55. Jurado C, Haserick JR, Lee J. Slipping or gripping? Fluorescent speckle microscopy in fish keratocytes reveals two different mechanisms for generating a retrograde flow of actin. Mol Biol Cell. 2005;16:507–518. [PMC free article] [PubMed]
*56. Bard L, Boscher C, Lambert M, Mege R-M, Choquet D, Thoumine O A Molecular Clutch between the Actin Flow and N-Cadherin Adhesions Drives Growth Cone Migration. J. Neurosci. 2008;28:5879–5890. [PubMed]
*Identified molecular clutch between F-actin and N-cadherin mediated adhesion
57. Chan CE, Odde DJ Traction dynamics of filopodia on compliant substrates. Science. 2008;322:1687–1691. [PubMed]
*Identified the role of a F-actin dynamics at focal adhesions in mechanosensation.
*58. Brown CM, Hebert B, Kolin DL, Zareno J, Whitmore L, Horwitz AR, Wiseman PW Probing the integrin-actin linkage using high-resolution protein velocity mapping. J Cell Sci. 2006;119:5204–5214. [PubMed]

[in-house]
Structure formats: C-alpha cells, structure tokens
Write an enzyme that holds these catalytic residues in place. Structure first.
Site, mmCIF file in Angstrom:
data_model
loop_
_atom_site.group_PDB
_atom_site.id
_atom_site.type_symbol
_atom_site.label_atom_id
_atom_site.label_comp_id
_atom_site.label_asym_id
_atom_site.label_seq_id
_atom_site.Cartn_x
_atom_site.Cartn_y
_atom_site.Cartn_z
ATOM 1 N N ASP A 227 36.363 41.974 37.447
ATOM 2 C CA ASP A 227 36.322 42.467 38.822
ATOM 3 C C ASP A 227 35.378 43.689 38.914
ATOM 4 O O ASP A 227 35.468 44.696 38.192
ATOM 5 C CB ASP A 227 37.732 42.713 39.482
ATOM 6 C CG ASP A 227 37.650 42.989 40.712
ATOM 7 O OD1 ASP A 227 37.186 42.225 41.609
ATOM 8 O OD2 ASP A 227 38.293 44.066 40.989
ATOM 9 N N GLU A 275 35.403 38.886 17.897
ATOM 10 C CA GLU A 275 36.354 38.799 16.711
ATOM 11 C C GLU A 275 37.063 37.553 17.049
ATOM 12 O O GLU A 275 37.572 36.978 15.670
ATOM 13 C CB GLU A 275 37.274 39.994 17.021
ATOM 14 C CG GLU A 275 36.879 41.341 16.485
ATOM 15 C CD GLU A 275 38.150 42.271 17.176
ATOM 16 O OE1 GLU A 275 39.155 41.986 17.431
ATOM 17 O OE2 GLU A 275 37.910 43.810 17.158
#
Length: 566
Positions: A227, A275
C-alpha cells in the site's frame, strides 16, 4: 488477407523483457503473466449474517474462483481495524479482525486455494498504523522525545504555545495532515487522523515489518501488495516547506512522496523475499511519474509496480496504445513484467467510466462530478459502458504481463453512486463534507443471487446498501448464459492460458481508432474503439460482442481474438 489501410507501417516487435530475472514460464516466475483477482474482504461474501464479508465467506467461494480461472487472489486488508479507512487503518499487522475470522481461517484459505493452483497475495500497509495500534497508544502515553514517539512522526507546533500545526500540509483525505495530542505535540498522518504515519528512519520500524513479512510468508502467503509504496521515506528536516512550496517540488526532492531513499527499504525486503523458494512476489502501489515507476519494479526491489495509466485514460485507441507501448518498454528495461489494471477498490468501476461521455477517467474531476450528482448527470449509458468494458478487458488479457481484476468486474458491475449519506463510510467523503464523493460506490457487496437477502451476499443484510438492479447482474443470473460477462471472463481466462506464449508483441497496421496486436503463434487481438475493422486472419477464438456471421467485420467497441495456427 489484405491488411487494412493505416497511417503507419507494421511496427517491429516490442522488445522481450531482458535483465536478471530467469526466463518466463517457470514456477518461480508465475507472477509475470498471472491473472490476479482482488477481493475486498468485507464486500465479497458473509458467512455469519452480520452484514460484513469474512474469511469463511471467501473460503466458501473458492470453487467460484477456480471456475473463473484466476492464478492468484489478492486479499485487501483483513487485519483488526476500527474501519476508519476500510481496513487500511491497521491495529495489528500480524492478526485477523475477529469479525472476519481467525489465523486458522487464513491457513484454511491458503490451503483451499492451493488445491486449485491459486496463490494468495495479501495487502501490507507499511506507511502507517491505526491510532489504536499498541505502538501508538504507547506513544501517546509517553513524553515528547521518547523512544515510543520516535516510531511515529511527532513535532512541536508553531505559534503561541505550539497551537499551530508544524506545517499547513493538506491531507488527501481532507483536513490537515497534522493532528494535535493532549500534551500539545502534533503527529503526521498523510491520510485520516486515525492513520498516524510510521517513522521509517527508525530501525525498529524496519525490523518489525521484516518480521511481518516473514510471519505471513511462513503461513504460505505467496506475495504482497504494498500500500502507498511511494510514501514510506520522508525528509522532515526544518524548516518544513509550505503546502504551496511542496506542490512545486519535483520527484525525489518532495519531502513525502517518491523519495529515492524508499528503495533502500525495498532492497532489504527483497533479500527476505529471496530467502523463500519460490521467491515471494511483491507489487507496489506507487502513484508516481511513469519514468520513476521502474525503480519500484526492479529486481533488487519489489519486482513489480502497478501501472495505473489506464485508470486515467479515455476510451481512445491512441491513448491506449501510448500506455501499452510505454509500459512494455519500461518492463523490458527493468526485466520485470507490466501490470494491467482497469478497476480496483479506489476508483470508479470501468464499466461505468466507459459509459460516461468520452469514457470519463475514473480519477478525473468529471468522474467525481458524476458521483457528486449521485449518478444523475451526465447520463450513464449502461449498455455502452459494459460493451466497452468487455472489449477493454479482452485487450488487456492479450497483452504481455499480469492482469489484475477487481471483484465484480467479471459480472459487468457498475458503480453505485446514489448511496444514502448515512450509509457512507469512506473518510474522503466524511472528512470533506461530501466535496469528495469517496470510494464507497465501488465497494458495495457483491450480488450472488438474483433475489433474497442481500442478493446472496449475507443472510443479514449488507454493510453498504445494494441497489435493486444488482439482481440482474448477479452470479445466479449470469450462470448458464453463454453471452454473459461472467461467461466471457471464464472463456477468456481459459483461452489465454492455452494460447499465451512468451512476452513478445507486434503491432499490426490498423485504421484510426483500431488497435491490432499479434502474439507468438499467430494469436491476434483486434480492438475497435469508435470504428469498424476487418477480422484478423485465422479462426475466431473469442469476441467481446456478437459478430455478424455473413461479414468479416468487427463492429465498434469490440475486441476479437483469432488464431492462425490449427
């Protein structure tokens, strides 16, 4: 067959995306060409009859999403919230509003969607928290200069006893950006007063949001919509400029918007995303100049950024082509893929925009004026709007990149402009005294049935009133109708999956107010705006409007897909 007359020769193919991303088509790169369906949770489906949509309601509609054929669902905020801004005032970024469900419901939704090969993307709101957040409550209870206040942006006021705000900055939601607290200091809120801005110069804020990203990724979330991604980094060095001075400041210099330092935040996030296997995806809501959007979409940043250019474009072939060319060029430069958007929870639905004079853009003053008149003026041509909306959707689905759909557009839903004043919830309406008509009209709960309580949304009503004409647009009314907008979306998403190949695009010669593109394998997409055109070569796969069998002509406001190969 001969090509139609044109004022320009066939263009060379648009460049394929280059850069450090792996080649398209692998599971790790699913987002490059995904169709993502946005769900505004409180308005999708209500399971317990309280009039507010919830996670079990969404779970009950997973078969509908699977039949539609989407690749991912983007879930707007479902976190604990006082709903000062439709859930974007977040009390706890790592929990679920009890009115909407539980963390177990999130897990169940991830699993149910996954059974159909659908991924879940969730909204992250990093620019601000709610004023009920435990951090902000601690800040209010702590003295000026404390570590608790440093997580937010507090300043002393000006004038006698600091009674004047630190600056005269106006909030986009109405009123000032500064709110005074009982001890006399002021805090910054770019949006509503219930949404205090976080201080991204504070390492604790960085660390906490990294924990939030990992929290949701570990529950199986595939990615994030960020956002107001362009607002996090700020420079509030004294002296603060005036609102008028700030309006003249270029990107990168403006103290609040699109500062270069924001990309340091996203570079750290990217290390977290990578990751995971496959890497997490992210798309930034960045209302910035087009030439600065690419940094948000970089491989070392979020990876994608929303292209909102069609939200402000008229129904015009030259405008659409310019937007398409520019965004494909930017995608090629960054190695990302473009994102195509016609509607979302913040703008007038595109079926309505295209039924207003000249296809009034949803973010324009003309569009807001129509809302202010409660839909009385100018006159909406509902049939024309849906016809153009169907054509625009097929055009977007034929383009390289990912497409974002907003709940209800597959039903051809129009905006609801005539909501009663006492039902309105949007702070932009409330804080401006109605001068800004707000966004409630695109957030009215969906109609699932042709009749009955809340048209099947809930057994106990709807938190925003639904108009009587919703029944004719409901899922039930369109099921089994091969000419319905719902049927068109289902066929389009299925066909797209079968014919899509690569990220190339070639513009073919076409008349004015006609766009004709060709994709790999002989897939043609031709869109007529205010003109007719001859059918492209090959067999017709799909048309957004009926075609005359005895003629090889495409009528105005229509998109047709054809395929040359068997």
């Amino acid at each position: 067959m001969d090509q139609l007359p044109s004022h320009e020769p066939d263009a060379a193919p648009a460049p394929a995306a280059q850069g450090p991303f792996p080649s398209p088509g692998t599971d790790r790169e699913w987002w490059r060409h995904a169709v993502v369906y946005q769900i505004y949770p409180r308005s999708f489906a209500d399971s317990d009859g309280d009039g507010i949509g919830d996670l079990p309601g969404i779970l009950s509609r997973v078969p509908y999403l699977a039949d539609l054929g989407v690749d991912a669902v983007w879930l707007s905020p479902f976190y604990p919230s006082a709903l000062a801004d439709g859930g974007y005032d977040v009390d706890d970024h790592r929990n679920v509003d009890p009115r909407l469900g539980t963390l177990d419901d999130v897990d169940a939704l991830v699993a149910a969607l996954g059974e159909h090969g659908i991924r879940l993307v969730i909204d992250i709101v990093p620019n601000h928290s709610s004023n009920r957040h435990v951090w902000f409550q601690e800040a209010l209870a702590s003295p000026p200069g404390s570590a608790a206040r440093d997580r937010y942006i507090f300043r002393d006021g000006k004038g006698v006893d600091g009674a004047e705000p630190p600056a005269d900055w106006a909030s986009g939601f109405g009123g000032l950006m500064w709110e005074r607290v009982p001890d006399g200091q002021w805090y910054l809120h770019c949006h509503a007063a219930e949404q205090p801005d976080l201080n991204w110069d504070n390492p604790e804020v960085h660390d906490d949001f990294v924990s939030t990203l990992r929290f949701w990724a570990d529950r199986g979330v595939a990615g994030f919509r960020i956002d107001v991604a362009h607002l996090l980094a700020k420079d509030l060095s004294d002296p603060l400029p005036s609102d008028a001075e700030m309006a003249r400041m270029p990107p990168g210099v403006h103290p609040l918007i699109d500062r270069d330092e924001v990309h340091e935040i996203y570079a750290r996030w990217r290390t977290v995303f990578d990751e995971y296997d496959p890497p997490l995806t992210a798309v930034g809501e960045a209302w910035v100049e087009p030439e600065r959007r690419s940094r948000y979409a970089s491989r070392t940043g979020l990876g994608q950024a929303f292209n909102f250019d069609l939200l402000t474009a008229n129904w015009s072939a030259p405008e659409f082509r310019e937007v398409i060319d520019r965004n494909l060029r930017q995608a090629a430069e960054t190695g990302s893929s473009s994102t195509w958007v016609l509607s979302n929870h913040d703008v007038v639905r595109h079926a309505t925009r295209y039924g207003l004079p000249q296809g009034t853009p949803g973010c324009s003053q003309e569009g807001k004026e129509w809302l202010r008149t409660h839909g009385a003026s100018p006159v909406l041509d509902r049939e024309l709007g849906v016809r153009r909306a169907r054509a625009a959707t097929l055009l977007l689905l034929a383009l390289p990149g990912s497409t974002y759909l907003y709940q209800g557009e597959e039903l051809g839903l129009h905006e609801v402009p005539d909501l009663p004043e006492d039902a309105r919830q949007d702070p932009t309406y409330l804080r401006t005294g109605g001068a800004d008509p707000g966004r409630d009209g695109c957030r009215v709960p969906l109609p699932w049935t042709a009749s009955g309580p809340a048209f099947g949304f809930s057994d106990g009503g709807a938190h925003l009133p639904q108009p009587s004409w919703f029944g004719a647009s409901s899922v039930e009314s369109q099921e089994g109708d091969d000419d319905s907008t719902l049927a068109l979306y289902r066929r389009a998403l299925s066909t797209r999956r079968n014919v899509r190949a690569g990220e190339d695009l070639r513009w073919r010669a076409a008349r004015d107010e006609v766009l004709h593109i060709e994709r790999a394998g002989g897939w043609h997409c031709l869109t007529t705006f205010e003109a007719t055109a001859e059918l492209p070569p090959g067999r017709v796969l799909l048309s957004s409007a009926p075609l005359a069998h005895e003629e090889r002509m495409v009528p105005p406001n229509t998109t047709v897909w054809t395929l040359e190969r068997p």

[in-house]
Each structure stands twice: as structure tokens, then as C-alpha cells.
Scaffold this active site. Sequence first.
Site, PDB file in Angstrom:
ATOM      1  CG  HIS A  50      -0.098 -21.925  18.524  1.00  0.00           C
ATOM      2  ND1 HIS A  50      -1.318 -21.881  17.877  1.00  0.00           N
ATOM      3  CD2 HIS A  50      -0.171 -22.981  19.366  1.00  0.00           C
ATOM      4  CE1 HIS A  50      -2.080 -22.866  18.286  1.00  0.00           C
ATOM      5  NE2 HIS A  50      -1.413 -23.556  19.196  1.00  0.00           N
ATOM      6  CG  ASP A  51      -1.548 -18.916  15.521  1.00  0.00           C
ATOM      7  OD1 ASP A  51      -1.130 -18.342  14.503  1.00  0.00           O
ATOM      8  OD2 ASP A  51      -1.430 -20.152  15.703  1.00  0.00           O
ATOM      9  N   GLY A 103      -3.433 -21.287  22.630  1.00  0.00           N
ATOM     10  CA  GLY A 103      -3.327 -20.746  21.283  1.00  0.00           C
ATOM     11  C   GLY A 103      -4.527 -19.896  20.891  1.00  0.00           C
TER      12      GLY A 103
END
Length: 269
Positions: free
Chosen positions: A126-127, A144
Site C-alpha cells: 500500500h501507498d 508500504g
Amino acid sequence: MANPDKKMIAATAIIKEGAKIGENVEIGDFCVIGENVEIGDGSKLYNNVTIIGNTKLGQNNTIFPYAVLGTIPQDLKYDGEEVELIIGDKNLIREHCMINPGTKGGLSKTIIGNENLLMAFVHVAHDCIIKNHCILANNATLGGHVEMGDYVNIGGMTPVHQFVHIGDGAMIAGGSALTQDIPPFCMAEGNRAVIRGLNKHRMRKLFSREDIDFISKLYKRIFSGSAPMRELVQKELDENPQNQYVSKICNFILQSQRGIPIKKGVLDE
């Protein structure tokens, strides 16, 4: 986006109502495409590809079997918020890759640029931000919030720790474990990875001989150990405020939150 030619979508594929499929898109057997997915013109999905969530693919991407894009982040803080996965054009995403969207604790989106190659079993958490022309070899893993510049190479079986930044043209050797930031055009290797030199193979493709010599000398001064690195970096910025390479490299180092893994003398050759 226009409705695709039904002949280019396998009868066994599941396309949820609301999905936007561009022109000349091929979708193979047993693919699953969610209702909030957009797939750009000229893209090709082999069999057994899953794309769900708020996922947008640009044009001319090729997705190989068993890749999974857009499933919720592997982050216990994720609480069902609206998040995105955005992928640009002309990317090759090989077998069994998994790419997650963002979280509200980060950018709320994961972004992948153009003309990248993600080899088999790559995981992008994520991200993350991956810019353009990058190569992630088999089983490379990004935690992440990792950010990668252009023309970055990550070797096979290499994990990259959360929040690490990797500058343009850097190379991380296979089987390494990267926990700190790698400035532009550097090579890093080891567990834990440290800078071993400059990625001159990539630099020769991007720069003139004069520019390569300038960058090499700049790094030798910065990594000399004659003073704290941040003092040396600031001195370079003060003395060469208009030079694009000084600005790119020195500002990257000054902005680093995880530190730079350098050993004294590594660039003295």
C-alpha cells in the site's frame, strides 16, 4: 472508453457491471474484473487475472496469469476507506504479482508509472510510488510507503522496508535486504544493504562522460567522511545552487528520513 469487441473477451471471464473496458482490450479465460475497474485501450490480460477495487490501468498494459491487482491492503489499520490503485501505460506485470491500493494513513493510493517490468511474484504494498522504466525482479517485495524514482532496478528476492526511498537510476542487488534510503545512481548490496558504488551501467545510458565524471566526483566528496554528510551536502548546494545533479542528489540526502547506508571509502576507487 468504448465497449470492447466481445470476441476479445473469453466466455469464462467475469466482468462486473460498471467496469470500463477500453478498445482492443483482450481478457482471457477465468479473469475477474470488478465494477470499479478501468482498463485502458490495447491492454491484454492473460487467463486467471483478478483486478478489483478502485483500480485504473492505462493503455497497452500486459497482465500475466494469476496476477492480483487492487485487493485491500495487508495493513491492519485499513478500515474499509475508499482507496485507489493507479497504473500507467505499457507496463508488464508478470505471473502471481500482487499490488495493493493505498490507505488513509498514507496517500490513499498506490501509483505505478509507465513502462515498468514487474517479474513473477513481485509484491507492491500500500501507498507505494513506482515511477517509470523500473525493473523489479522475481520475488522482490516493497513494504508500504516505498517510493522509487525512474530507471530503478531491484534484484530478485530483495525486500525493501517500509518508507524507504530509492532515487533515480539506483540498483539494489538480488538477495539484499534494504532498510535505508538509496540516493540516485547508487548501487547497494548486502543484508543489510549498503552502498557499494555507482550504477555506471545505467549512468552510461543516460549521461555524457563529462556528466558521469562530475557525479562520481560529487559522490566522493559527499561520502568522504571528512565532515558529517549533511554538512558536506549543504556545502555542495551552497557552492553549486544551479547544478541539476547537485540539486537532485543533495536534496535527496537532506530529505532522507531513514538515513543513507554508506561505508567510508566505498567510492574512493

*Observed differential motion of focal adhesion proteins with focal adhesions
59. Macdonald A, Horwitz AR, Lauffenburger DA. Kinetic model for lamellipodal actin-integrin ‘clutch’ dynamics. Cell Adh Migr. 2008;2:95–105. [PMC free article] [PubMed]
60. Li Y, Bhimalapuram P, Dinner AR. Model for how retrograde actin flow regulates adhesion traction stresses. Journal of Physics: Condensed Matter. 2010;22:194113. [PubMed]
61. Sabass B, Schwarz U,S. Modeling cytoskeletal flow over adhesion sites: competition between stochastic bond dynamics and intracellular relaxation. Journal of Physics: Condensed Matter. 2010;22:194112. [PubMed]
62. Fournier MF, Sauser R, Ambrosi D, Meister J-J, Verkhovsky AB. Force transmission in migrating cells. The Journal of Cell Biology. 188:287–297. [PMC free article] [PubMed]
63. Miyoshi J, Takai Y. Structural and functional associations of apical junctions with cytoskeleton. Biochim Biophys Acta. 2008;1778:670–691. [PubMed]